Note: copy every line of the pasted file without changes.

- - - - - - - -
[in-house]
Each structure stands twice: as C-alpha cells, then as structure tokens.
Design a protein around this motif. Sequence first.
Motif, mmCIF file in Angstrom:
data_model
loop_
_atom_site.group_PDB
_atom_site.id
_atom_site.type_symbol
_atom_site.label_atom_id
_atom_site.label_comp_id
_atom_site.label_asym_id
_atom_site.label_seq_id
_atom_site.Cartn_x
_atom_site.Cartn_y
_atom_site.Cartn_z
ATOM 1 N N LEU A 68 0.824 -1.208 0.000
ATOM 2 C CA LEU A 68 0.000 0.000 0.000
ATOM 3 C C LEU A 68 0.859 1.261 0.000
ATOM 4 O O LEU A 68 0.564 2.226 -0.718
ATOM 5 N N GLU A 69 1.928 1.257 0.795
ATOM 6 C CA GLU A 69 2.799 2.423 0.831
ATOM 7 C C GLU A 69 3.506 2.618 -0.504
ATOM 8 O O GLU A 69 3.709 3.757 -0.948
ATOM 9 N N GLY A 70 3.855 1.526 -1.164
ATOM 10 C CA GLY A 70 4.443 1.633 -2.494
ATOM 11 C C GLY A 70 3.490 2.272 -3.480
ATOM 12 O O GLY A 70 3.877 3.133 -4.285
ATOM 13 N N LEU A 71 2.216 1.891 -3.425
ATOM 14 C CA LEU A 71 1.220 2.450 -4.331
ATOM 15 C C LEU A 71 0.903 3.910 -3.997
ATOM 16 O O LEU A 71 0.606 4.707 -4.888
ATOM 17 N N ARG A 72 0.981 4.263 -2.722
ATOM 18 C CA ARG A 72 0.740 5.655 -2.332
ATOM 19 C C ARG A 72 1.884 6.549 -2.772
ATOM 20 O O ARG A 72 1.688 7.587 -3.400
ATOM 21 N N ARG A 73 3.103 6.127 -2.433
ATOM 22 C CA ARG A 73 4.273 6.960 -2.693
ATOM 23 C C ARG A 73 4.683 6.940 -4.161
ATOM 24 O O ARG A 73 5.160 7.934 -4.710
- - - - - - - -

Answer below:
[in-house]
Each structure stands twice: as C-alpha cells, then as structure tokens.
Design a protein around this motif. Sequence first.
Motif, mmCIF file in Angstrom:
data_model
loop_
_atom_site.group_PDB
_atom_site.id
_atom_site.type_symbol
_atom_site.label_atom_id
_atom_site.label_comp_id
_atom_site.label_asym_id
_atom_site.label_seq_id
_atom_site.Cartn_x
_atom_site.Cartn_y
_atom_site.Cartn_z
ATOM 1 N N LEU A 68 0.824 -1.208 0.000
ATOM 2 C CA LEU A 68 0.000 0.000 0.000
ATOM 3 C C LEU A 68 0.859 1.261 0.000
ATOM 4 O O LEU A 68 0.564 2.226 -0.718
ATOM 5 N N GLU A 69 1.928 1.257 0.795
ATOM 6 C CA GLU A 69 2.799 2.423 0.831
ATOM 7 C C GLU A 69 3.506 2.618 -0.504
ATOM 8 O O GLU A 69 3.709 3.757 -0.948
ATOM 9 N N GLY A 70 3.855 1.526 -1.164
ATOM 10 C CA GLY A 70 4.443 1.633 -2.494
ATOM 11 C C GLY A 70 3.490 2.272 -3.480
ATOM 12 O O GLY A 70 3.877 3.133 -4.285
ATOM 13 N N LEU A 71 2.216 1.891 -3.425
ATOM 14 C CA LEU A 71 1.220 2.450 -4.331
ATOM 15 C C LEU A 71 0.903 3.910 -3.997
ATOM 16 O O LEU A 71 0.606 4.707 -4.888
ATOM 17 N N ARG A 72 0.981 4.263 -2.722
ATOM 18 C CA ARG A 72 0.740 5.655 -2.332
ATOM 19 C C ARG A 72 1.884 6.549 -2.772
ATOM 20 O O ARG A 72 1.688 7.587 -3.400
ATOM 21 N N ARG A 73 3.103 6.127 -2.433
ATOM 22 C CA ARG A 73 4.273 6.960 -2.693
ATOM 23 C C ARG A 73 4.683 6.940 -4.161
ATOM 24 O O ARG A 73 5.160 7.934 -4.710